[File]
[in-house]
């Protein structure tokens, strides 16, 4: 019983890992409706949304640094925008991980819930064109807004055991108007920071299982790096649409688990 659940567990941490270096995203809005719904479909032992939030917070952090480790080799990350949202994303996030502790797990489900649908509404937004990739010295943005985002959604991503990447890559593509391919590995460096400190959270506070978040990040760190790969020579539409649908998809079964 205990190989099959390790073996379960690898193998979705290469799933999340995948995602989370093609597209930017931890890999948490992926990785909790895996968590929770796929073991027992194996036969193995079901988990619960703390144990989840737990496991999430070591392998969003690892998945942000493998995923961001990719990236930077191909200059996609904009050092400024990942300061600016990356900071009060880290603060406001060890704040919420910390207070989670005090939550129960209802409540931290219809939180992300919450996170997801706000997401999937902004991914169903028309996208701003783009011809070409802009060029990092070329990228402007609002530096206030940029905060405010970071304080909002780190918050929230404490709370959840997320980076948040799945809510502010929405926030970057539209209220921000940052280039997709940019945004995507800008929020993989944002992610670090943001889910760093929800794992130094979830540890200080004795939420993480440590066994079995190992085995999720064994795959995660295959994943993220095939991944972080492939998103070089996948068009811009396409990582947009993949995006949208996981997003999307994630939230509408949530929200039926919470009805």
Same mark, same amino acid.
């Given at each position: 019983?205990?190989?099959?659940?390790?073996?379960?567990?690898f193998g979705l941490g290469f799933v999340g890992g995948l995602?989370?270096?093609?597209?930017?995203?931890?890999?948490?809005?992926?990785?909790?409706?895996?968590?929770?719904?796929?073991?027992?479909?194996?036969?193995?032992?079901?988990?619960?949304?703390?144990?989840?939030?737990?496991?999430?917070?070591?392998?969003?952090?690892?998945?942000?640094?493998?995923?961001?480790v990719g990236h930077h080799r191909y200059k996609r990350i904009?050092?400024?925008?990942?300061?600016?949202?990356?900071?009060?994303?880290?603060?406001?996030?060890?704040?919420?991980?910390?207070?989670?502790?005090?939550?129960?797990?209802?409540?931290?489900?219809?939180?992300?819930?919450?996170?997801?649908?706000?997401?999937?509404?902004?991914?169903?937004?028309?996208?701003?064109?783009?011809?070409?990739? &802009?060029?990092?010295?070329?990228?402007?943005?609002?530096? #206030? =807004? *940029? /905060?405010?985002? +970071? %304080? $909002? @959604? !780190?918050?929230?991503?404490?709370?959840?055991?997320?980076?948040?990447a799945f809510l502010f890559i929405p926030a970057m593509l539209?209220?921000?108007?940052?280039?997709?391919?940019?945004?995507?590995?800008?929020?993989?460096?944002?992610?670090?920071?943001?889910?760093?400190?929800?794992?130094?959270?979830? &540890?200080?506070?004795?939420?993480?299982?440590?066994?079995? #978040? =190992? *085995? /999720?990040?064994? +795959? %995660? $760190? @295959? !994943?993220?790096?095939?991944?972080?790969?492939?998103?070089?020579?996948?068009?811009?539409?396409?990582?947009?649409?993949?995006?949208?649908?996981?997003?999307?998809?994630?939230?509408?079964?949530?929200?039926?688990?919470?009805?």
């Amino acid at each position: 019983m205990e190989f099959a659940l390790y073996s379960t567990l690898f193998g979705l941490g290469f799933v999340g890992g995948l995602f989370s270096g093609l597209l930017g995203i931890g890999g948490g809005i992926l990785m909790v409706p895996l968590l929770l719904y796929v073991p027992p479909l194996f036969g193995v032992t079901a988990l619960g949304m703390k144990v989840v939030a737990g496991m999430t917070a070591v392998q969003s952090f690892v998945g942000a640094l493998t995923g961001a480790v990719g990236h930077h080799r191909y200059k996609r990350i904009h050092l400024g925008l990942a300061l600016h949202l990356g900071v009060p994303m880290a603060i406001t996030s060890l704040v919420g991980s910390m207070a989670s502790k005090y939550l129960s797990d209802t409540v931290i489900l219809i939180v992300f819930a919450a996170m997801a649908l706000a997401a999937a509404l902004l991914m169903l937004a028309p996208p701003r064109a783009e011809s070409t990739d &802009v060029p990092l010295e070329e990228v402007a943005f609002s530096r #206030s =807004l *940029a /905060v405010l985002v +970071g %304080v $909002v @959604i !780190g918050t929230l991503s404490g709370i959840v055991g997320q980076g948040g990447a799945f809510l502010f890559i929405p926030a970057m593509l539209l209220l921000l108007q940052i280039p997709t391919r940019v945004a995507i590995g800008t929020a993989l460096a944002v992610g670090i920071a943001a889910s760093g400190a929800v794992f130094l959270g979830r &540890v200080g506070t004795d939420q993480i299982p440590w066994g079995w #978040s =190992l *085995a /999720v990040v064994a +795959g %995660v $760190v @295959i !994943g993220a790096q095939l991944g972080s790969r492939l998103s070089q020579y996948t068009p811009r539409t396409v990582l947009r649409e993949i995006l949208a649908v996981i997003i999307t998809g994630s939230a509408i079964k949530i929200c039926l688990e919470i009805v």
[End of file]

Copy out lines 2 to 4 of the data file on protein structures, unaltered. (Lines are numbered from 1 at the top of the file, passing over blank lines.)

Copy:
């Protein structure tokens, strides 16, 4: 019983890992409706949304640094925008991980819930064109807004055991108007920071299982790096649409688990 659940567990941490270096995203809005719904479909032992939030917070952090480790080799990350949202994303996030502790797990489900649908509404937004990739010295943005985002959604991503990447890559593509391919590995460096400190959270506070978040990040760190790969020579539409649908998809079964 205990190989099959390790073996379960690898193998979705290469799933999340995948995602989370093609597209930017931890890999948490992926990785909790895996968590929770796929073991027992194996036969193995079901988990619960703390144990989840737990496991999430070591392998969003690892998945942000493998995923961001990719990236930077191909200059996609904009050092400024990942300061600016990356900071009060880290603060406001060890704040919420910390207070989670005090939550129960209802409540931290219809939180992300919450996170997801706000997401999937902004991914169903028309996208701003783009011809070409802009060029990092070329990228402007609002530096206030940029905060405010970071304080909002780190918050929230404490709370959840997320980076948040799945809510502010929405926030970057539209209220921000940052280039997709940019945004995507800008929020993989944002992610670090943001889910760093929800794992130094979830540890200080004795939420993480440590066994079995190992085995999720064994795959995660295959994943993220095939991944972080492939998103070089996948068009811009396409990582947009993949995006949208996981997003999307994630939230509408949530929200039926919470009805």
Same mark, same amino acid.
């Given at each position: 019983?205990?190989?099959?659940?390790?073996?379960?567990?690898f193998g979705l941490g290469f799933v999340g890992g995948l995602?989370?270096?093609?597209?930017?995203?931890?890999?948490?809005?992926?990785?909790?409706?895996?968590?929770?719904?796929?073991?027992?479909?194996?036969?193995?032992?079901?988990?619960?949304?703390?144990?989840?939030?737990?496991?999430?917070?070591?392998?969003?952090?690892?998945?942000?640094?493998?995923?961001?480790v990719g990236h930077h080799r191909y200059k996609r990350i904009?050092?400024?925008?990942?300061?600016?949202?990356?900071?009060?994303?880290?603060?406001?996030?060890?704040?919420?991980?910390?207070?989670?502790?005090?939550?129960?797990?209802?409540?931290?489900?219809?939180?992300?819930?919450?996170?997801?649908?706000?997401?999937?509404?902004?991914?169903?937004?028309?996208?701003?064109?783009?011809?070409?990739? &802009?060029?990092?010295?070329?990228?402007?943005?609002?530096? #206030? =807004? *940029? /905060?405010?985002? +970071? %304080? $909002? @959604? !780190?918050?929230?991503?404490?709370?959840?055991?997320?980076?948040?990447a799945f809510l502010f890559i929405p926030a970057m593509l539209?209220?921000?108007?940052?280039?997709?391919?940019?945004?995507?590995?800008?929020?993989?460096?944002?992610?670090?920071?943001?889910?760093?400190?929800?794992?130094?959270?979830? &540890?200080?506070?004795?939420?993480?299982?440590?066994?079995? #978040? =190992? *085995? /999720?990040?064994? +795959? %995660? $760190? @295959? !994943?993220?790096?095939?991944?972080?790969?492939?998103?070089?020579?996948?068009?811009?539409?396409?990582?947009?649409?993949?995006?949208?649908?996981?997003?999307?998809?994630?939230?509408?079964?949530?929200?039926?688990?919470?009805?």